Up to now, I've been concentrating on several of the best-known and most popular finesse techniques, but now I'd like to briefly describe two additional presentations I use a lot, especially now during the spawn and postspawn. One of them is a floating worm, and the other is a presentation I have named the Wet Noodle Rig.
I often use a floating worm when I'm fishing around flooded bushes and buck brush. Normally, we try to rig plastic worms so they hang perfectly straight, but with the floating worm, I purposefully push the hook further into the worm before pulling it back out so the worm has a bend or crook in it. The result is a very erratic, side-to-side wandering motion.
I prefer either a 5- or 6-inch straight-tail model in bright colors like pink, white or yellow, and if you're wondering why this is the only time you hear pros using colors like this, the honest reason is because they're easier for us to see. I rig with either a 3/0 or 4/0 offset hook and use an 8- to 15-pound fluorocarbon leader between 8 and 14 inches long. I tie this to a barrel swivel, and my main line is usually 6/14 or 8/20 Berkley FireLine. I use different sizes of swivels, which, in addition to preventing line twist, also serve as weight.
For decades, this was the preferred presentation at North Carolina's famous Currituck Sound when this area was described as the "most famous 40 miles of bass fishing in America." The worms were just slithered across the top of the milfoil. When I use this presentation, it's either on the surface or just below the surface, and I mix in rod twitches as well as speed changes as I'm reeling.
The Wet Noodle presentation is a slight variation of drop shotting, and it differs from normal drop shotting in that the distance between the bottom weight and my hook is never more than about 8 inches, and I may make it as short as 2 inches. The lure I prefer is Berkley's 5-inch Wacky Crawler, a tapered-end worm I rig wacky style. You'd be hard pressed to find another plastic worm on the market as limp and limber as the Wacky Crawler. If you hold it in the middle where you insert your hook, you'll see why I call it a wet noodle.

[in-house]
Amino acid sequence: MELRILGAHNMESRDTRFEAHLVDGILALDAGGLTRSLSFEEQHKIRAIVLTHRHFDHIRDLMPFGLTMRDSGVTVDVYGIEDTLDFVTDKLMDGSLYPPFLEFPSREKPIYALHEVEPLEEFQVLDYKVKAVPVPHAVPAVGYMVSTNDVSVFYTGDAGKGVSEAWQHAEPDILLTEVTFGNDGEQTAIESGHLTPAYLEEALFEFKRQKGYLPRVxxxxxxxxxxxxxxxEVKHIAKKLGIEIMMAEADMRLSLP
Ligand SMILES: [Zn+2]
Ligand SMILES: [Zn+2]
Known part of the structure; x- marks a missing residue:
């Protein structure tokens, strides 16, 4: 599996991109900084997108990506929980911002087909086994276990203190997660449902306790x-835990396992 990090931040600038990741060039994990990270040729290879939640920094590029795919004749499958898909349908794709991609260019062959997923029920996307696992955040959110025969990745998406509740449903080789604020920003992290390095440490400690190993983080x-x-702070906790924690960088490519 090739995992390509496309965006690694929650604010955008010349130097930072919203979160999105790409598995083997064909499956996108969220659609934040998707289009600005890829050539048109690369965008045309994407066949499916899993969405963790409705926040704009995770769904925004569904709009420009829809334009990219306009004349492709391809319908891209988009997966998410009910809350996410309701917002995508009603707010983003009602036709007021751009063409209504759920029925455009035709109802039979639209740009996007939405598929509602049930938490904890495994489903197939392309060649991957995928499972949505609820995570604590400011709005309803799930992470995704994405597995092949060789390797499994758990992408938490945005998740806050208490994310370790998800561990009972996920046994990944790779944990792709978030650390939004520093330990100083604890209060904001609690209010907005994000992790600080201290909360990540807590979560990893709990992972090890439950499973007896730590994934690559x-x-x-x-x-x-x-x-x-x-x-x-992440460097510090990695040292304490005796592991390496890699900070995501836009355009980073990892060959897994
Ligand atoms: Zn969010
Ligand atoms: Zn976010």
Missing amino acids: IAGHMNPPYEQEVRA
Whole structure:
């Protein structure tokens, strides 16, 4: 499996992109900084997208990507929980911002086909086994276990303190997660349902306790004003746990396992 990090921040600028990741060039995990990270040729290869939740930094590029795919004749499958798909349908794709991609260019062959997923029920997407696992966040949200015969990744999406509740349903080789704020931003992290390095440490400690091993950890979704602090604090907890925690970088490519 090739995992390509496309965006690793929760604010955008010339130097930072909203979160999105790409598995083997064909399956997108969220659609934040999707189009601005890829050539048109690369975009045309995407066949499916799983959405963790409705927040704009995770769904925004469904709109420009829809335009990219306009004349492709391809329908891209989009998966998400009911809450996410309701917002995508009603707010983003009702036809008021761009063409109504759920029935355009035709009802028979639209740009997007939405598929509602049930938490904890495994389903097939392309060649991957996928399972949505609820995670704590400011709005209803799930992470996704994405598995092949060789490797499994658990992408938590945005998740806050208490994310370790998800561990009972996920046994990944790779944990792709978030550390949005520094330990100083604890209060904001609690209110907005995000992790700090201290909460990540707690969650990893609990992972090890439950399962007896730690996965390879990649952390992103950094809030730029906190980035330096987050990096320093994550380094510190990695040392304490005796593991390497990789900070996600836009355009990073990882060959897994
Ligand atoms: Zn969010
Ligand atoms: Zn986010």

Rigged wacky style, about half the bites I get come as the lure falls. It has tremendous shaking action since it is so limber. The other bites come when the lure is on the bottom, but here's how I fish this rig differently from a drop shot: I don't impart any action or rod shaking at all. I deadstick it, letting the lure sit completely still on the bottom. The design of the Wacky Crawler, the current and even my natural hand movement combine to keep the worm quivering, and that's all bass need to see.
Because you can vary your retrieve on either of these presentations so many different ways, it's important to let the bass themselves tell you how they want the lure presented. You hear this all the time from bass pros, but it's really exactly how we fish. We try something different on every cast and retrieve, and when a bass finally does hit, we start trying to duplicate it on every following cast.
This means remembering not only where you catch a fish but also how you catch it. Believe me, making just a slight adjustment in how or where you cast your floating worm or Wet Noodle, and then changing your retrieve speed with either, may mean the difference between catching a lot of bass or just one or two.
Finesse Fishing with Mike Iaconelli, a new book by Mike Iaconelli and Bassmaster Senior Writer Steve Price, has just been published and autographed copies are available for $19.99 plus $4.95 S&H from www.mikeiaconelli.com.